“Sales People” Careers in Sales

Why are some people so good at selling while others are so bad at it?  Is knowing how to sell an innate quality or can it be taught and learned?  More on that in a bit; first a bit about me.  I have spent the 25 years after graduating college pretty much in sales jobs; I always did the best, sold the most, won every award, etc.  From a really early age I realized I was good at selling, or more specifically good at making people want to have what I had.  Stories starting in college where I sold an old stereo I had used for 5 years for more than I payed for it; selling things that I would have already thrown away.  Don’t  misunderstand, I almost never sold personal things but when I did it was always worth my while.  I understood that my brand is what people aspired to so if I was wanting to get rid of something I easily could.

Back to can people be taught to sell; I spent 15 years working at a major global media company and in that time we had different “sales trainers” who would come in and teach us all how to sell – even though the majority of us were already quite good at it.  What I noticed though was a lot of people, especially the managers and directors would take the training too literally and in the process make face to face meetings with clients unbearable for the client, and for me.  One example was we were told to do “research calls” with people i.e. find out more info on them.  I’d go out with managers with clipboards with lists of questions; clients/prospects felt like they were being interrogated.  One time I went out with one of the VPs and realized through watching him that the research we wanted could be found through conversation, not interrogation.  Other examples include managers scripting exactly what the sales people would say; this always led to awkward conversation since you should always speak in your own voice not someone else’s.  So you can say that management is to blame for poor sales training, but thats only half the story.  I had the opportunity to work with colleagues all over the country, I saw people reading from media kits, cutting off clients when they were about to say something crucial, talking to and boring clients with their own lives (their commutes to the client, how they slept, etc).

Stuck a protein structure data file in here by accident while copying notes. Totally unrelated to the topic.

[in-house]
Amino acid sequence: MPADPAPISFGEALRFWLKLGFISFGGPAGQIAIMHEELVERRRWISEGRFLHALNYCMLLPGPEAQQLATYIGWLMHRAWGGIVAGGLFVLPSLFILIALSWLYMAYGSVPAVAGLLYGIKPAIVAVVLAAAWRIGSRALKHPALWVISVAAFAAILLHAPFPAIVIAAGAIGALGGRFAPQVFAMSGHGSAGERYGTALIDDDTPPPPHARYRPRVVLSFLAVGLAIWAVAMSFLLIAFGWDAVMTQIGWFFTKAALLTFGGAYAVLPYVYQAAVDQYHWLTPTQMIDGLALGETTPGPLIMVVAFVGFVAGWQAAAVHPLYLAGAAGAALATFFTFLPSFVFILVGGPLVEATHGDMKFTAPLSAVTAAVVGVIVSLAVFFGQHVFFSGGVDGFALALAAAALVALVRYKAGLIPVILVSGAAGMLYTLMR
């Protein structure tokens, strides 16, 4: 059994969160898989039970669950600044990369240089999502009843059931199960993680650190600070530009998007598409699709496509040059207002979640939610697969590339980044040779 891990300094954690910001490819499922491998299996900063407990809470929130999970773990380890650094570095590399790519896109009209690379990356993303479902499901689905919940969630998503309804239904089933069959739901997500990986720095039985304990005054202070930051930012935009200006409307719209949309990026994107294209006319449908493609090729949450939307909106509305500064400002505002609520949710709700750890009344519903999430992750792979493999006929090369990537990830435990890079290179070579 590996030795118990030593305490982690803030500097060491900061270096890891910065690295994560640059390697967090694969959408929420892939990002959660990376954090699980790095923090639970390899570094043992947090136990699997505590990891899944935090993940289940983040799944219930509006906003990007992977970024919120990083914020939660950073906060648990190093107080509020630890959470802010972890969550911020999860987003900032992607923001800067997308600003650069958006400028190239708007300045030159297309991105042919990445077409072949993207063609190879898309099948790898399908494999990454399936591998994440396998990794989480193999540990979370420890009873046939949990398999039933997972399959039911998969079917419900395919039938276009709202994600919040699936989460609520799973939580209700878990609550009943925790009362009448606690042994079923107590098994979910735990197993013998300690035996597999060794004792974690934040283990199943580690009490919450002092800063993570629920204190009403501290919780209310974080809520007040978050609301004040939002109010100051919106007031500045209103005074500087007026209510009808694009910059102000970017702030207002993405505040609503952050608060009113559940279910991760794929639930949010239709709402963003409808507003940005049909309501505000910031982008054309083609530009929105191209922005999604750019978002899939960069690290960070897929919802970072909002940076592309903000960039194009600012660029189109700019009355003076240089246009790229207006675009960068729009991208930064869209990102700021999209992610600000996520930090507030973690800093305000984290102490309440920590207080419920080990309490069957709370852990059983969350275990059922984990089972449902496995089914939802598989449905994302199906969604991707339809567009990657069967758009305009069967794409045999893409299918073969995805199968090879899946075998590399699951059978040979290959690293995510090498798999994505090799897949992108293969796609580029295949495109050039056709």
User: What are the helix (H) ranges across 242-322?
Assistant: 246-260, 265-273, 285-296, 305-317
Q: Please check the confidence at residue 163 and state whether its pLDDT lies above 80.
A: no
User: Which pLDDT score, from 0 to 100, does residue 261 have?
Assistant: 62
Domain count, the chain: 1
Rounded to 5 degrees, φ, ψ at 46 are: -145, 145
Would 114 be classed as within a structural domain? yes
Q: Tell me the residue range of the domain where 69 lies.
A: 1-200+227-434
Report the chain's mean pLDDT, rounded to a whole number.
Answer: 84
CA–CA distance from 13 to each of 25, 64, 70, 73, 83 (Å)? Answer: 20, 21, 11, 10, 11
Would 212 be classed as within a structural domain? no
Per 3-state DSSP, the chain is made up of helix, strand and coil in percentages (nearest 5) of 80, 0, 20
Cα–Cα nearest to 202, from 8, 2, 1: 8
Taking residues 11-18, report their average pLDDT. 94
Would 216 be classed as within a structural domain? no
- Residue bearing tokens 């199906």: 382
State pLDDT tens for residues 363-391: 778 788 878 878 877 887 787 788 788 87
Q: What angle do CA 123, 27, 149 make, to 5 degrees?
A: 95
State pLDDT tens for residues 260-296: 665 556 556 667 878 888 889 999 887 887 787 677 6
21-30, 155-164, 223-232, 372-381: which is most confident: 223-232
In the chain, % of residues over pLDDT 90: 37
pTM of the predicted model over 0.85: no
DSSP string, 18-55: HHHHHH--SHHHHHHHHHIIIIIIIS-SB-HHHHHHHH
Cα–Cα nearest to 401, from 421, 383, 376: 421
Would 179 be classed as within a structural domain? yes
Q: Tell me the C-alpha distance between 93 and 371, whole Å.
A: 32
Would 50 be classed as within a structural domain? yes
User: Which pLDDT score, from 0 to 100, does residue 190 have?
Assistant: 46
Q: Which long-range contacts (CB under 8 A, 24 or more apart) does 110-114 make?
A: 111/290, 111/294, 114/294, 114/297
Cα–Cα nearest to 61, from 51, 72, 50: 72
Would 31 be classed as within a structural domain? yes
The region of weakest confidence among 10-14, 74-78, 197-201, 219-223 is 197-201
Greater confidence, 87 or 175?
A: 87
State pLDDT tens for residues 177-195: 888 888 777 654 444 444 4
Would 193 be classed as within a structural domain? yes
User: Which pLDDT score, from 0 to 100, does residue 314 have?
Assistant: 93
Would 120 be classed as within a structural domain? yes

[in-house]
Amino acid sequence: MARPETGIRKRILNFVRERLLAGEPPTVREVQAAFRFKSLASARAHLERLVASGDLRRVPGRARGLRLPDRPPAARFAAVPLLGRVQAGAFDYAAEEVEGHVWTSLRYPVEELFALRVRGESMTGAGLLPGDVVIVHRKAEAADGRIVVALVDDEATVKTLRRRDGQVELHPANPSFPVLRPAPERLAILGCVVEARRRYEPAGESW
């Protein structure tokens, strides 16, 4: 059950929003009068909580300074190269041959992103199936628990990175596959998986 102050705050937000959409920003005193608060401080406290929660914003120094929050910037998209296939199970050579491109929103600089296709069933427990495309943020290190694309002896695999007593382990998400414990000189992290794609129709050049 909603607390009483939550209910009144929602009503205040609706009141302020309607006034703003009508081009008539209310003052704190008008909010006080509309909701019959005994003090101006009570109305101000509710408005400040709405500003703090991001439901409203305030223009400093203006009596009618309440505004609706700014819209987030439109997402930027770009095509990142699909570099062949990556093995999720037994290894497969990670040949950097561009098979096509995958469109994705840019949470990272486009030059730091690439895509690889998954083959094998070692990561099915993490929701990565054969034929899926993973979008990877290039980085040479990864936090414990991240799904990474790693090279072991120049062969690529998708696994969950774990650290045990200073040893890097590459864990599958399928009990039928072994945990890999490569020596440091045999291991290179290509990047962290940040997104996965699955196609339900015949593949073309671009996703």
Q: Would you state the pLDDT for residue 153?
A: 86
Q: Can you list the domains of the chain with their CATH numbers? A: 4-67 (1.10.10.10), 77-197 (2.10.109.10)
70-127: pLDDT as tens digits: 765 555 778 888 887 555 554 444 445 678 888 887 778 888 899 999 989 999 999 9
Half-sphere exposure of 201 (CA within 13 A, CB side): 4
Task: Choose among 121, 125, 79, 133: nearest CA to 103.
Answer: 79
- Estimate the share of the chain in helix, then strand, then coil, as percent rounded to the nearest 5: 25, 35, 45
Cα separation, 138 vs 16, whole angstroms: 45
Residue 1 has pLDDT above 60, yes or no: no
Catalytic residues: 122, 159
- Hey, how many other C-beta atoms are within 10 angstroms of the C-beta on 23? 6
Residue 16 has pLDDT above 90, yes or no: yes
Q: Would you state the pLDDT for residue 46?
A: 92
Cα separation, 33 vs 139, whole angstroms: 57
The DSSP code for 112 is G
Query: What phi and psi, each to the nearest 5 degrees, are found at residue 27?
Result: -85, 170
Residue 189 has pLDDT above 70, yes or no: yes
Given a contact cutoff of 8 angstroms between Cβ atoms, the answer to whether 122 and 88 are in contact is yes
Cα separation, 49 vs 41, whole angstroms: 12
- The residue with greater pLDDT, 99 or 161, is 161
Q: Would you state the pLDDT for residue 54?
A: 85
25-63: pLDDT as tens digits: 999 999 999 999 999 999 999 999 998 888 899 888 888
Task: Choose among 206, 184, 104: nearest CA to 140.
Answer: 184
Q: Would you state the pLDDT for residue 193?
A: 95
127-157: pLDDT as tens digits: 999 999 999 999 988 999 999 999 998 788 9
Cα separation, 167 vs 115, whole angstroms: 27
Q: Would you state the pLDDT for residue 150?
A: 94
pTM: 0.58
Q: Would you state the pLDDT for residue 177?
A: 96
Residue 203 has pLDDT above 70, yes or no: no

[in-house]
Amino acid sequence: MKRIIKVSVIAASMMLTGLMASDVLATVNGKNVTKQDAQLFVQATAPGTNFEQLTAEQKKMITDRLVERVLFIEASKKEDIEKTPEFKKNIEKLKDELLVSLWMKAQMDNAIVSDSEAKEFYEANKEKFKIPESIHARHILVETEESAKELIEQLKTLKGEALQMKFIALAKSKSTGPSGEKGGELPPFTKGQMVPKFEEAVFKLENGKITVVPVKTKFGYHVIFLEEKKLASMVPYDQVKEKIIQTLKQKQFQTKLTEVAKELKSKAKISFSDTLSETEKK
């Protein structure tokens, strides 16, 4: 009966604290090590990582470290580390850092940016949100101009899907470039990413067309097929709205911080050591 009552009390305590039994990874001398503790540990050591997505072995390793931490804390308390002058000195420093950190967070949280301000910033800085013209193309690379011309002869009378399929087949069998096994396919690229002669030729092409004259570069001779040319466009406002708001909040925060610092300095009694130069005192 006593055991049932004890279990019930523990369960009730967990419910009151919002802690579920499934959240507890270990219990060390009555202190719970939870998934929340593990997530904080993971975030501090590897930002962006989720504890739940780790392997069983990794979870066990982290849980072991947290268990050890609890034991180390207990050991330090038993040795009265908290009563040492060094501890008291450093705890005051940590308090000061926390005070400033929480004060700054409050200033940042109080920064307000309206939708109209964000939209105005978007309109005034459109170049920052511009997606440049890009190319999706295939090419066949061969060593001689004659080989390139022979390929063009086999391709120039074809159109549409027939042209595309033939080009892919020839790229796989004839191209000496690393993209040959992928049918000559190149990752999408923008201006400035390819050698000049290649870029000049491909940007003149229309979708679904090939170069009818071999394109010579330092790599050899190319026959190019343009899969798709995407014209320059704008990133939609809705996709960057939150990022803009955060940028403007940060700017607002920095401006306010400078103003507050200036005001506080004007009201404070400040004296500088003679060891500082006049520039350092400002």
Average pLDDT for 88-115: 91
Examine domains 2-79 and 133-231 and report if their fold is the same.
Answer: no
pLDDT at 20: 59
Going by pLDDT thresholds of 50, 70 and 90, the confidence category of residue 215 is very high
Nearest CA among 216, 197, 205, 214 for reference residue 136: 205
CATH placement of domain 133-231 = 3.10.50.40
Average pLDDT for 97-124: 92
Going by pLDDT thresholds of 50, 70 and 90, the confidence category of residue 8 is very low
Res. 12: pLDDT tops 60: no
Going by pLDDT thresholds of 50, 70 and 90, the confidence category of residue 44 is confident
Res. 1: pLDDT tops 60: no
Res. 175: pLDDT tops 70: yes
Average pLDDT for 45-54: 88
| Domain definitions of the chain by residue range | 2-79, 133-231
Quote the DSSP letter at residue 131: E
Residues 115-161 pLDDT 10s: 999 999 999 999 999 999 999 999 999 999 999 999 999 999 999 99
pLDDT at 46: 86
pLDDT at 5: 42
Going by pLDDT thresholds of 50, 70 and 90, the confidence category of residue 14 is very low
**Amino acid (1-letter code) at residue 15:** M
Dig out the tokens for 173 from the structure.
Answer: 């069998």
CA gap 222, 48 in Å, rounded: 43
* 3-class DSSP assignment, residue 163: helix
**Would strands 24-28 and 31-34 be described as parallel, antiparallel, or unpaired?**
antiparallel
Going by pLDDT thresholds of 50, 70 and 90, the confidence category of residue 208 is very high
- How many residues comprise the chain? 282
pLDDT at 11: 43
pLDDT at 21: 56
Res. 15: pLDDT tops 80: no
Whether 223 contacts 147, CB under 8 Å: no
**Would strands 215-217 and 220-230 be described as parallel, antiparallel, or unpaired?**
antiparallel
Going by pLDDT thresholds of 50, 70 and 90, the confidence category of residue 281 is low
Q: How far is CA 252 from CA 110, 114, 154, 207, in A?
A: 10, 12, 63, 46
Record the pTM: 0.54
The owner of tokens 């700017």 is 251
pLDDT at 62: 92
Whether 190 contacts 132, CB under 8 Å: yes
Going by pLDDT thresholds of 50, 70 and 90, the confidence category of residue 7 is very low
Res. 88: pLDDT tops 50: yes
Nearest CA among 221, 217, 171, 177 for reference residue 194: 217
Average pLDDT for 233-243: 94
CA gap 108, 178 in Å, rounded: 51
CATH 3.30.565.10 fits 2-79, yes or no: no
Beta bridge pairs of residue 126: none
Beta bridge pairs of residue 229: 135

For me its all about instincts, I know my time with clients and prospects is about them, not me.  They don’t need to hear if my subway was slow or if I was hungry.  I also learned early on that non selling was the best approach.  Talking about their needs, wants and desires was key.  If you push your product too soon you seem too desperate and that can immediately put clients on the defensive.  Another thing I always knew was if I leaned back, the client leaned forward to hear what I was saying.

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